• Overall, I feel that making my children's school lunch is a healthier choice, as well as being a more frugal choice*.

    Frugal Upstate

  • _right_ to sell his servant, would annihilate the servant's right of choice in his own disposal; but says the objector, "to give the master a right to _buy_ a servant, equally annihilates the servant's _right of choice_."

    The Anti-Slavery Examiner, Part 1 of 4

  • _right_ to sell his servant, would annihilate the servant's right of choice in his own disposal; but says the objector, "to give the master a right to _buy_ a servant, equally annihilates the servant's _right of choice_."

    The Anti-Slavery Examiner, Omnibus

  • “Pro-choice and anti-”choice for men” activists differentiate between the choice to not continue a pregnancy and the choice to not pay child support for the same reason the courts allow people to sue for money but not for pounds of flesh.”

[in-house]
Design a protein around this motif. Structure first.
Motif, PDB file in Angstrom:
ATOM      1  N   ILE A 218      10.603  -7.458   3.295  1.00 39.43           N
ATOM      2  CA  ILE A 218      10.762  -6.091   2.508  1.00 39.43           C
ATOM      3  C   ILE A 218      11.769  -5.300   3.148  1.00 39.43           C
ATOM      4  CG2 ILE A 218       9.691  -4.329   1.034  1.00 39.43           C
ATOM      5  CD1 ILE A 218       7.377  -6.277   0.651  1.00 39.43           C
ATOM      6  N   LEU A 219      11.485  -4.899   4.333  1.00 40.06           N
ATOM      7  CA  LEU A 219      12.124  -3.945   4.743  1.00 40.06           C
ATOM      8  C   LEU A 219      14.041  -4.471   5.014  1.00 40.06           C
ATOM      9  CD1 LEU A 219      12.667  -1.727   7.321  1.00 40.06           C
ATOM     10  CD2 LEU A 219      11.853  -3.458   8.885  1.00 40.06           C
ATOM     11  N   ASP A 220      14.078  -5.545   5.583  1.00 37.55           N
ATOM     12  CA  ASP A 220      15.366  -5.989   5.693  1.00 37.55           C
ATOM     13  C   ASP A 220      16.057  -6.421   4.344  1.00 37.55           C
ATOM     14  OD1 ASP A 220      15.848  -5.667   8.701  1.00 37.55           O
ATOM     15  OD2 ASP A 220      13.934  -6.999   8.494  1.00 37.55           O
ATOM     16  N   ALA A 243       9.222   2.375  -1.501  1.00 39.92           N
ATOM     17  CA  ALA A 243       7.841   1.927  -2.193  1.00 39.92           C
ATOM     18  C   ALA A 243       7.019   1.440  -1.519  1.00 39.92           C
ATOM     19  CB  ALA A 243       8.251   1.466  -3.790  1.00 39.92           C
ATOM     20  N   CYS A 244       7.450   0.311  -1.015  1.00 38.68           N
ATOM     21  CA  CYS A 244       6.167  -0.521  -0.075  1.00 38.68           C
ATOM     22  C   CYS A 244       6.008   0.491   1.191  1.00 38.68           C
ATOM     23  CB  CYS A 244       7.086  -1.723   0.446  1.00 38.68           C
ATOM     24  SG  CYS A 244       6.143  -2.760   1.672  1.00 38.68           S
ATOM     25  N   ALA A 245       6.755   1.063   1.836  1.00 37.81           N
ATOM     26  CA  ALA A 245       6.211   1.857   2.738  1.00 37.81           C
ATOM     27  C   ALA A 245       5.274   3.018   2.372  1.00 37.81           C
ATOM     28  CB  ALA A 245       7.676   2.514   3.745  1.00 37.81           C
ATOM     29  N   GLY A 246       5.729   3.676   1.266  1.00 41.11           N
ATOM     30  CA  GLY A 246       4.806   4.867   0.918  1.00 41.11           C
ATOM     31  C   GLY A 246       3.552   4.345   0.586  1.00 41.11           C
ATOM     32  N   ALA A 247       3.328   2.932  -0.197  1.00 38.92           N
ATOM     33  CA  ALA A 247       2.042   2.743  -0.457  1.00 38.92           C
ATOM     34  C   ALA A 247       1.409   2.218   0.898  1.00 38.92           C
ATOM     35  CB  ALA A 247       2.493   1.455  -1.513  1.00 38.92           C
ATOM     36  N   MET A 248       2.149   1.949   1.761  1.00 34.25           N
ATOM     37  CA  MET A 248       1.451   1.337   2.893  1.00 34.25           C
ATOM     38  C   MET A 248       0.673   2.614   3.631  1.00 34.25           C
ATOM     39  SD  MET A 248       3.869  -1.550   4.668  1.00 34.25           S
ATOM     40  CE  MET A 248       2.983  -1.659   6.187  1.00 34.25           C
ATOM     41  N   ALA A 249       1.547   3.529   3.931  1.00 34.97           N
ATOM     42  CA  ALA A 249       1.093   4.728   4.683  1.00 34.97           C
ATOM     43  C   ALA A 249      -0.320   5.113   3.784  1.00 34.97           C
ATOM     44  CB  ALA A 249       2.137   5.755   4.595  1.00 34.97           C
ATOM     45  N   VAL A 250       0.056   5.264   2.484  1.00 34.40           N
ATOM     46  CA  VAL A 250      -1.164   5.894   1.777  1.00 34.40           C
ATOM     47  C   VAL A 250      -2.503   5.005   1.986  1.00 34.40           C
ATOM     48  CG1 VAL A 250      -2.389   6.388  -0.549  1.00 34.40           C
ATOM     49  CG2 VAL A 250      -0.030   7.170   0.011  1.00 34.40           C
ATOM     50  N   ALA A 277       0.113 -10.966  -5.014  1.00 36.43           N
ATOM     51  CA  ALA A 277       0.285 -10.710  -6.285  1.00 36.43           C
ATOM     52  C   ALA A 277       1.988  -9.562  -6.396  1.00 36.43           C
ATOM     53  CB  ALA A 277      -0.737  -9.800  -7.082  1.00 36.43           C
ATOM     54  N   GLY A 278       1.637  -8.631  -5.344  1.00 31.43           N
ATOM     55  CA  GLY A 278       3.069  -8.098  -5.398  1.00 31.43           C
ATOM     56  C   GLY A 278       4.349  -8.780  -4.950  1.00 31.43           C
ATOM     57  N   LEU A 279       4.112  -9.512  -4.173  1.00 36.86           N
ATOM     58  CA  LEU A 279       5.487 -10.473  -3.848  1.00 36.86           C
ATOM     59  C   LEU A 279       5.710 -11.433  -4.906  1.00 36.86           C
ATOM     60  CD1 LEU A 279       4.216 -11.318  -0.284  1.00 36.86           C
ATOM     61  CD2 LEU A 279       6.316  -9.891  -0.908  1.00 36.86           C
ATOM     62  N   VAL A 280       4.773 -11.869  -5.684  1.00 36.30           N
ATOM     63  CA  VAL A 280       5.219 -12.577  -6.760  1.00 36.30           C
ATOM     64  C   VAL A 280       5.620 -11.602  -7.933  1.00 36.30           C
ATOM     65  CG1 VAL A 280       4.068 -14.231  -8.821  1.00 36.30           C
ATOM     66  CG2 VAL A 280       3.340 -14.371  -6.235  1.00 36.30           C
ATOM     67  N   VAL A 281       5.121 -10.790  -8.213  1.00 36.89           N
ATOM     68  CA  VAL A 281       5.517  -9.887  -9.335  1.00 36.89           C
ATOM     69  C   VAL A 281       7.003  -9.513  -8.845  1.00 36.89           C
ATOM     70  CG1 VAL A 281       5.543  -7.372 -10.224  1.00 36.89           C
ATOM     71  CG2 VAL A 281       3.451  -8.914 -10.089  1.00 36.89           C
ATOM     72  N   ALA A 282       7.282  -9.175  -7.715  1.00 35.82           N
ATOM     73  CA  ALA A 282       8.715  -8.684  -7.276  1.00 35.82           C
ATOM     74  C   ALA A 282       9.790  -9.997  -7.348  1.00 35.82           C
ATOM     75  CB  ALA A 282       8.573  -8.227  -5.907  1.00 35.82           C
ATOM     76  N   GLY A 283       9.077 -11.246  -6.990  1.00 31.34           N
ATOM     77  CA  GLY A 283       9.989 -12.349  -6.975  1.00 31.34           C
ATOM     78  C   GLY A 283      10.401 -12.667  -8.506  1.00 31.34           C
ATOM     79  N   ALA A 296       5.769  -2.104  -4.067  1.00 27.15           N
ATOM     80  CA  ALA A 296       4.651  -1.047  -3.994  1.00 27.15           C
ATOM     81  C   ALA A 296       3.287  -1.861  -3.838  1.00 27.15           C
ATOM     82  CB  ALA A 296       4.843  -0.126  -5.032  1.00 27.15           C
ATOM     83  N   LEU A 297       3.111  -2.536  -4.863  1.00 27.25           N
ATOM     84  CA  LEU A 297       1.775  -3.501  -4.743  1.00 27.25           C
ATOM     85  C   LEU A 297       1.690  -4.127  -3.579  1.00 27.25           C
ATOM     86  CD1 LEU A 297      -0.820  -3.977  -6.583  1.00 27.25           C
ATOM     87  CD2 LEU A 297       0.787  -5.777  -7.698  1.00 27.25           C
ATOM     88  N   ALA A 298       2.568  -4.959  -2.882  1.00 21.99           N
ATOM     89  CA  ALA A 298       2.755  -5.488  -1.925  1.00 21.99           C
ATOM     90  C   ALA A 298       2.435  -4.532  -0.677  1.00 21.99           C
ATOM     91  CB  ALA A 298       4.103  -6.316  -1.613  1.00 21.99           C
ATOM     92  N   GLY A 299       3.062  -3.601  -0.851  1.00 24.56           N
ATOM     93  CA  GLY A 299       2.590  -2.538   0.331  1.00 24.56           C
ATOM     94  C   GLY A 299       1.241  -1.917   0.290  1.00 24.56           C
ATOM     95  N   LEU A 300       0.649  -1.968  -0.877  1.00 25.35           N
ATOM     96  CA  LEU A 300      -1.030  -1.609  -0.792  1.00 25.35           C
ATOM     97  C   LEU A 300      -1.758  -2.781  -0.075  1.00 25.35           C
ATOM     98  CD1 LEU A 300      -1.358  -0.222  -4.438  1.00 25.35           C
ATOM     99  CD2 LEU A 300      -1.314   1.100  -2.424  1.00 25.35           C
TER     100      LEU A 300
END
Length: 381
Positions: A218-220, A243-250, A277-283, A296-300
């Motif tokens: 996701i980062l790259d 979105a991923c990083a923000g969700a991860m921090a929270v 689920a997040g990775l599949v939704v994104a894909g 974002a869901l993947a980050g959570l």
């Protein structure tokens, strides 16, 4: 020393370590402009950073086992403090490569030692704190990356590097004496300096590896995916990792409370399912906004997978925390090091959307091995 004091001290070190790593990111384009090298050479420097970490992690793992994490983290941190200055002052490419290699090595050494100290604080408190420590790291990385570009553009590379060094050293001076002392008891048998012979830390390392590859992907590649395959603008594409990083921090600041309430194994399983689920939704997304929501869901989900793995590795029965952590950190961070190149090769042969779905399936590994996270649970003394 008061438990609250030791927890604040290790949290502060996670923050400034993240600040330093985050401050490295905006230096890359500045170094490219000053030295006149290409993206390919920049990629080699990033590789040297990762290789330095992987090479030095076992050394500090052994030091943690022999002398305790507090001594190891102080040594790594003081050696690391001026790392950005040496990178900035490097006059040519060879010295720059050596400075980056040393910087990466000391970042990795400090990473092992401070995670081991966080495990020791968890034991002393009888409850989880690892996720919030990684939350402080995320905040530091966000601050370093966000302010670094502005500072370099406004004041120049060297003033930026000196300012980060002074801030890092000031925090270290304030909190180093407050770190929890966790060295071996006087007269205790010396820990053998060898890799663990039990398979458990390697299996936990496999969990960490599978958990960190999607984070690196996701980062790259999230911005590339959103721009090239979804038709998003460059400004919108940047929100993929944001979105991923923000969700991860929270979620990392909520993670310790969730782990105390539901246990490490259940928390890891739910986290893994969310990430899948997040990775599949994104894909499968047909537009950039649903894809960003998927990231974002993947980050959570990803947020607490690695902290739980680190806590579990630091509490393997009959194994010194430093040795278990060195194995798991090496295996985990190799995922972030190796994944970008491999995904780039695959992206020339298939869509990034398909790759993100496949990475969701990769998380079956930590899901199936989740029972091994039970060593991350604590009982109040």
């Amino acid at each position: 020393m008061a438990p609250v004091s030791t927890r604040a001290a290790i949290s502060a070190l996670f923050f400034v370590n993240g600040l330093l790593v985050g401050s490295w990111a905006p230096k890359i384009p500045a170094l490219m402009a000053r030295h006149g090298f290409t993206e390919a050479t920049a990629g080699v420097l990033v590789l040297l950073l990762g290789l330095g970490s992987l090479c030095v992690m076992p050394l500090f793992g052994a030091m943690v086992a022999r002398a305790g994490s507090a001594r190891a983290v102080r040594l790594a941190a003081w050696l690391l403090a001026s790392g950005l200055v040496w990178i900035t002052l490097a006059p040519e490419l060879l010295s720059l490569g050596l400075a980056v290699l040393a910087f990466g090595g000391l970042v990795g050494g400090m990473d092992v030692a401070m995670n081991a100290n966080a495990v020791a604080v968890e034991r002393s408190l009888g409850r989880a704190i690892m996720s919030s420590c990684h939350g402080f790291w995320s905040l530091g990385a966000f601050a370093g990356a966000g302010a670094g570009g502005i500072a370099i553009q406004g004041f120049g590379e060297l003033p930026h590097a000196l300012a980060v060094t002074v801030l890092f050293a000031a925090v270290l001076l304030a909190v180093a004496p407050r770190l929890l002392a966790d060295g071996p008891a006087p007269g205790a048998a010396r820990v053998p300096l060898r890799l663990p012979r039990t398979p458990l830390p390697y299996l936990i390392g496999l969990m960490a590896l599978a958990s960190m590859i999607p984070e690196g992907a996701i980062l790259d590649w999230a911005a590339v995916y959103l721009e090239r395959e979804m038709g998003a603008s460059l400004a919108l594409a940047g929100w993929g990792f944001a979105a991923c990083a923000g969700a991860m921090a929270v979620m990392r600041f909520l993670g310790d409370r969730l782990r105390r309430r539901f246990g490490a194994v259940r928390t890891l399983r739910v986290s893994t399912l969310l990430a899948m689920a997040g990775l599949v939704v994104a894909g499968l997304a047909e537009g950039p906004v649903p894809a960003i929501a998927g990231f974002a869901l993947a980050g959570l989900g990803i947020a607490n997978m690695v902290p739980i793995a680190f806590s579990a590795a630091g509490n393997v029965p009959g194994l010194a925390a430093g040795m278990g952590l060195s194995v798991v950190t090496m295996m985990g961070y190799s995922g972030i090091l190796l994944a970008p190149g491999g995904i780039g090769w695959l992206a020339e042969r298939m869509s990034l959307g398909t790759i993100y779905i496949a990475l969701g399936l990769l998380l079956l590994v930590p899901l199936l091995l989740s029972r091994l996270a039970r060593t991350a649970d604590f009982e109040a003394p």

Child support and male entitlement

  • To highlight the point, the following terminological distinction has been suggested: The term choice should be used to encompass the sorting out of options, whether conscious or nonconscious.

    THE MORAL DIMENSION

Comments

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  • British slang - "Adj. The best, excellent. E.g."Your new boyfriend is choice; we get on really well."

    - peevish.co.uk

    September 12, 2008

  • Samantha Bee tries to remember the word for that thing where you have two options and you have to decide on one of them...

    September 13, 2008

  • ...my little journeyman barber laid out his provisions, consisting of five or six onions, with some scraps of bread and cheese; but the best lot in the auction was a little leathern bottle, full, as he said, of choice, delicate wine.

    - Lesage, The Adventures of Gil Blas of Santillane, tr. Smollett, bk 2 ch. 1

    September 13, 2008